Question: As a Westerner approaching an Eastern system of spirituality, I find some major differences. One is the way Westerners view the world, people, and events as “good” or “bad.” I understand that in the Taoist system there is no “good” or “bad.” Can you help me understand this?
If you want to challenge yourself, you have to let go of what you call the “good” and “bad” experiences. Process them and let them go. You have to accept all of your positive and negative reactions to people, situations, and experiences; process them; and let them go, too. You have to see and accept the positive and negative sides of yourself. This involves a big-heartedness and humility. You accept yourself, you accept everything; take it all in and then let it go—all the while not losing sight of your place in the big picture, your mission, and your destiny.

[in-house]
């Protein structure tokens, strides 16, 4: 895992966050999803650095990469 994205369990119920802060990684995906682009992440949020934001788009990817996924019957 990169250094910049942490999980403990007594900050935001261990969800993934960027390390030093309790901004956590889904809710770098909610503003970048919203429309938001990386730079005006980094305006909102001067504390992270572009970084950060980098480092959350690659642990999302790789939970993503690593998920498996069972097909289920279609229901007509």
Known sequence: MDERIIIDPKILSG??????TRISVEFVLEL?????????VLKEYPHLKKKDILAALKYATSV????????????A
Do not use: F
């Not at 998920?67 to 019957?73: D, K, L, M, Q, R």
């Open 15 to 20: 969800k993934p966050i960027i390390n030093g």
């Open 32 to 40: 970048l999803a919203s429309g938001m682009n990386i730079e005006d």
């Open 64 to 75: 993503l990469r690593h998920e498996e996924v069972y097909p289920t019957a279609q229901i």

In this life, we make judgments between good and bad. In the beginning of the spiritual journey, it is natural to think this way. But those who have been on the path for a while see the world differently. Their understanding of what is “good” and what is “bad” changes.
The first level is to know what is “bad.” The second is to know what is “good.” At the third level, we try to do what we perceive as good and avoid doing what we see as bad. The fourth and highest level is to understand that good and bad are just two different sides of the whole—then we can accept everything. Good and bad are opposite sides of the same coin and contain the same quantity of energy. When a criminal converts and changes his ways, he has the potential to become as good as he was bad. We come to understand the truth of the Tao: that there is no “good” or “bad.” These categories are based on our judgments; they are not real.
However, we have to accept the level that we are on. If we are on the level of still seeing “good” and “bad,” then we should have the passion to do only good. On this level of judgment, we suffer because we are neither 100 percent good nor 100 percent bad. We have to trust what life presents, no matter what it looks like on the outside. The truth lies deep within, deeper than our judgments of good and bad. If you go deep, you will find this truth.